The goal of every organization or team is to achieve a higher level of productivity along with superior quality products and services. One particular method that has been gaining traction in several industries is the Kanban system. Before we get to the formal definition of Kanban , let’s have a look at its interesting origin.
The roots of Kanban
In 1603, as Japan entered a period of stability, the economy of the country flourished. The streets were crowded with shop owners and local businesses, all eyeing to attract customers to their shops. It was on these streets where the term “kanban” first originated.
“Kan” in Japanese means sign and “ban” refers to board. Thus, kanban referred to the use of sign boards outside these shops to attract customers and communicate about the services offered. All the signboards used by the shop owners had one thing in common. The message was communicated clearly and in a concise manner.
The Toyota production system
The history of Kanban is associated with Toyota, where Taiichi Ohno, known as the father of Toyota Production system pioneered the Kanban system. Ohno recognized the inefficiencies in the production line and looked for ways to improve their processes. A car manufacturing unit requires approximately 30000 parts and components moving through the assembly line.Ohno observed the low levels of productivity and unnecessary inventory were hampering their efficiency and decided to solve the problem.
The supermarket concept
Taiichi Ohno took the foundation of the Kanban system from the operation of a Supermarket. Our visit to a supermarket can be summed up in the following steps:
- We check upon our stuff at home and schedule a visit to the supermarket when we realize that we are running low on stock.
- We then go to the store and get the desired stock from the grocery shelves.
- The supermarket crew replenishes the shelves when they start running low . This is to ensure the product availability for the next customers.
- Visual signals such as a depleting stock at home or empty supermarket shelf force people to pull from preceding processes.
In Toyota, they adapted the supermarket’s stock concept to improve efficiency. This concept helped line workers recognize at what time and in what quantity certain parts need to be prepared and transported. The person in charge of the preceding process, which is making the parts ready, supplies the parts to the next process when they need it and only in the amount needed.At the shop floor, workers used visual signals in the form of cards to signal their need for a component. And this is where Kanban goes into play.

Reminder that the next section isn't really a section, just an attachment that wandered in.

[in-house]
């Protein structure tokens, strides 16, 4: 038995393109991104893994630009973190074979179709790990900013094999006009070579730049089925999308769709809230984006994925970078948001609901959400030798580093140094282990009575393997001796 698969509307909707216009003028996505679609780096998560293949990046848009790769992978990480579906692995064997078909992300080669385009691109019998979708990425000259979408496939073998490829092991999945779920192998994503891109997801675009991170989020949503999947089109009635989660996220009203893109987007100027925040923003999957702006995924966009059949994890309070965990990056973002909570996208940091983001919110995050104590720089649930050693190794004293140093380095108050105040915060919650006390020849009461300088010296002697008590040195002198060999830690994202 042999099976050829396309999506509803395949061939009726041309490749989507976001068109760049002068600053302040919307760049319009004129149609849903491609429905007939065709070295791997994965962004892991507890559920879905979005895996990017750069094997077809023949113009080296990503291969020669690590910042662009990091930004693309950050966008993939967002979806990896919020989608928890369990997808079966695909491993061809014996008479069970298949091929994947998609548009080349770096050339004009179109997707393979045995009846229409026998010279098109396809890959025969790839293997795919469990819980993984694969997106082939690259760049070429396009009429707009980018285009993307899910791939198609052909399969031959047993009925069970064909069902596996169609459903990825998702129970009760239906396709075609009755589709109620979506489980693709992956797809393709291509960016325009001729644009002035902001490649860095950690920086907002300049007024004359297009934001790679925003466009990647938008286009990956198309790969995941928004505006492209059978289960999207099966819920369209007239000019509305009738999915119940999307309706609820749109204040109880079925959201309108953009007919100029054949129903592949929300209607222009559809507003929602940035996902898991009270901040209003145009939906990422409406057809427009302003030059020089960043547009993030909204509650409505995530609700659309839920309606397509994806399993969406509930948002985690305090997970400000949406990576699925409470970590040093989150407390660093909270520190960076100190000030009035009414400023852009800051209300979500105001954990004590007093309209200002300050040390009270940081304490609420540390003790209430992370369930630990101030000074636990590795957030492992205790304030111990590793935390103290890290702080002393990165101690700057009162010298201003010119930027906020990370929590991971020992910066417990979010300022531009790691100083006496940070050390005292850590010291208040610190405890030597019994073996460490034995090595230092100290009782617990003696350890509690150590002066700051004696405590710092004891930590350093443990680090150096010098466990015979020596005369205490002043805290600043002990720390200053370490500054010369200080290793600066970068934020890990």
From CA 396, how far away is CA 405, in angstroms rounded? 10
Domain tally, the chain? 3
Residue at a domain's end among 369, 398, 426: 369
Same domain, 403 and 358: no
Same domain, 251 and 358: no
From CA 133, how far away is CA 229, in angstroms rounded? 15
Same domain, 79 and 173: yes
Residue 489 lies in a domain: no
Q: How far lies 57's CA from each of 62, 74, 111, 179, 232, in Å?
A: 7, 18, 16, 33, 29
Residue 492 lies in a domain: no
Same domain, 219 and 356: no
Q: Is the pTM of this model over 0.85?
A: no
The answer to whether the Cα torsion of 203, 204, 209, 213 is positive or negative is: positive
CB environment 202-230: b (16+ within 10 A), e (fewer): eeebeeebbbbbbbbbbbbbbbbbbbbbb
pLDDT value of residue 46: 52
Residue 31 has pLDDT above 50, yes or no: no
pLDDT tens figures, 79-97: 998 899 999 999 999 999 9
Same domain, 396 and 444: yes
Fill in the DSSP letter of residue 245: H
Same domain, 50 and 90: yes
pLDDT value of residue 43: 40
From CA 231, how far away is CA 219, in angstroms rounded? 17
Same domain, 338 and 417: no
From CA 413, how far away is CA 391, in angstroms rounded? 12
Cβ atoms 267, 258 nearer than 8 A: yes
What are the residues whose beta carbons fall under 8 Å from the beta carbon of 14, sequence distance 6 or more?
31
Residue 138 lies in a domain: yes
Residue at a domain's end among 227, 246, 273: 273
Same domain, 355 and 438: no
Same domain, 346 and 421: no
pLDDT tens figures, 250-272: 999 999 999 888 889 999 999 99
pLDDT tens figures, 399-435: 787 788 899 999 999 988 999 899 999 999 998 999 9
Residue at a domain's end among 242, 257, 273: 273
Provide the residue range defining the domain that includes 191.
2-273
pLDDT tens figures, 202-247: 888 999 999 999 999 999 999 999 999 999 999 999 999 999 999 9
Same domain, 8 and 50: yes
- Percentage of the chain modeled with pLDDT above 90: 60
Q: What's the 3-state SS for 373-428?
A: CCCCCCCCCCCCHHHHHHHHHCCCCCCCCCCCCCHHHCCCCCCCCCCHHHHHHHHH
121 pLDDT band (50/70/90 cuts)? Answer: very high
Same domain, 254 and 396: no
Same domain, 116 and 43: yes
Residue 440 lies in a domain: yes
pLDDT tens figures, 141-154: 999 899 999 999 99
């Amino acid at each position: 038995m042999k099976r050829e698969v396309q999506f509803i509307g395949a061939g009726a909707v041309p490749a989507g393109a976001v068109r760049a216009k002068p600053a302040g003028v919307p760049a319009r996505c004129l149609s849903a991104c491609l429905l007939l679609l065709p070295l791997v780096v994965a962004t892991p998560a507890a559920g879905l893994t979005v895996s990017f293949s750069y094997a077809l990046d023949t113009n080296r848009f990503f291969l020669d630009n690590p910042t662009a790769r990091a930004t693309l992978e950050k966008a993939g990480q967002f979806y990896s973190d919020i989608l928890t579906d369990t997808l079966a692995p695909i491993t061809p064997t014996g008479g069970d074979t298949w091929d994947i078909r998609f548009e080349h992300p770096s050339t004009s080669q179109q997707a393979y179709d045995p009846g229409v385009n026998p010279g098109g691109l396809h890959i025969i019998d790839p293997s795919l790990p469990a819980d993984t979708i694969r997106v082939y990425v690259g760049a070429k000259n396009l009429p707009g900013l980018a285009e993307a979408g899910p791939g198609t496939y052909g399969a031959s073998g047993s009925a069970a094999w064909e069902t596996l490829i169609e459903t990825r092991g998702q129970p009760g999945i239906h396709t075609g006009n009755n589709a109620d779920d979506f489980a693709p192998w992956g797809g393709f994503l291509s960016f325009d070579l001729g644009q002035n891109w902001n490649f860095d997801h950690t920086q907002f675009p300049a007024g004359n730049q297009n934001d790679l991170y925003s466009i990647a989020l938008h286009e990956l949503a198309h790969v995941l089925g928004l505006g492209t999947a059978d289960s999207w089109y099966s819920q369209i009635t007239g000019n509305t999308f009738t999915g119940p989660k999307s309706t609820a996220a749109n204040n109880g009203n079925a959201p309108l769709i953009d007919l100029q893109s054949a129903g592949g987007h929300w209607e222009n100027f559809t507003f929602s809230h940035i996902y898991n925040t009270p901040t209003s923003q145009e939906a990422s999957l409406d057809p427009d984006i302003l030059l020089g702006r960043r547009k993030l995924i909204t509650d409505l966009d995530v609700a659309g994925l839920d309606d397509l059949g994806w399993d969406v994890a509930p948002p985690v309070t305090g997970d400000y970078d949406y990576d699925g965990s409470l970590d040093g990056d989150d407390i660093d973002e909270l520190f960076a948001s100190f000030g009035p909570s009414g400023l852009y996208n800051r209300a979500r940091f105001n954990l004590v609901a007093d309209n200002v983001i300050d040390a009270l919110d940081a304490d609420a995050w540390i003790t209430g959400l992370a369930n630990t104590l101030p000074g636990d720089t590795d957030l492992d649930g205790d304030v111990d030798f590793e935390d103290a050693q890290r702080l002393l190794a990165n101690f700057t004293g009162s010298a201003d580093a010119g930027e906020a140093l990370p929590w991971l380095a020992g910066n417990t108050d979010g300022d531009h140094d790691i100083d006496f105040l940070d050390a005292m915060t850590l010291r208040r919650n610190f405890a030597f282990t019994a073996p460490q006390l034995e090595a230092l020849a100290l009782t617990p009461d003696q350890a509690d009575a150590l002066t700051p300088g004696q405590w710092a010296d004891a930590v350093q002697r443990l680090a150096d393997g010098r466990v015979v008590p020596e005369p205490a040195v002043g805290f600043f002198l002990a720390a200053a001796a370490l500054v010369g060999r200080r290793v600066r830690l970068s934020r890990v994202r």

Kanban can be defined as a visual workflow management system. It is used to keep track of work as it moves through a process. It is a means to design, manage, and improve flow systems for knowledge work. Kanban is one methodology that seeks to attain JIT inventory.
6 core Kanban practices:
- Visualize the workflow: This is the first step which aims to model the flow of work in a visual format. Kanban boards, kanban cards, columns and swimlanes are used to achieve the visuulization.
- Limit W-I-P -One of Kanban’s primary functions is to have a limit on the number of W-I-P items. If there are no such limits, we are not implementing Kanban.
Limiting WIP means implementing a pull system on the workflow or parts of it. Fixing limits per stage ensures that a card is only “pulled” into the next step when there is available capacity. Having such constraints will quickly highlight the problems in the current workflow which can then be resolved
3. Measure & Manage Flow– When we talk of managing the flow in kanban, we mean the management of the work but not the people. By flow, we mean the movement of work through the production process.A Kanban system helps you manage flow by highlighting the various stages of the workflow and the status of work in each stage.
4. Make Process Policies Explicit – The work process should be clearly defined and published. Every team and member should have a clear understanding on how the work is to be performed and the expected output from each process. These policies also serve as a checklist to ensure consistency and quality in the work performed.
5. Implement feedback loops– Having feedback loops are an integral part of a good kanban system.They supplement agile teams in becoming more agile.These feedback loops ensure that the teams are responding adequately to potential changes and enables knowledge transfer between stakeholders.A daily stand up of 10-15 mins, where the team members stand in front of the board and have have a short discussion is an example of a feedback system.
6. Use models and scientific techniques to improve collaboratively – Teams should strive to achieve continuous improvement through analysis of the current process and identifying areas of opportunity.Techniques like value stream mapping, which help teams to identify the value addition activities and remove the wasteful activities should be used in the kanban system.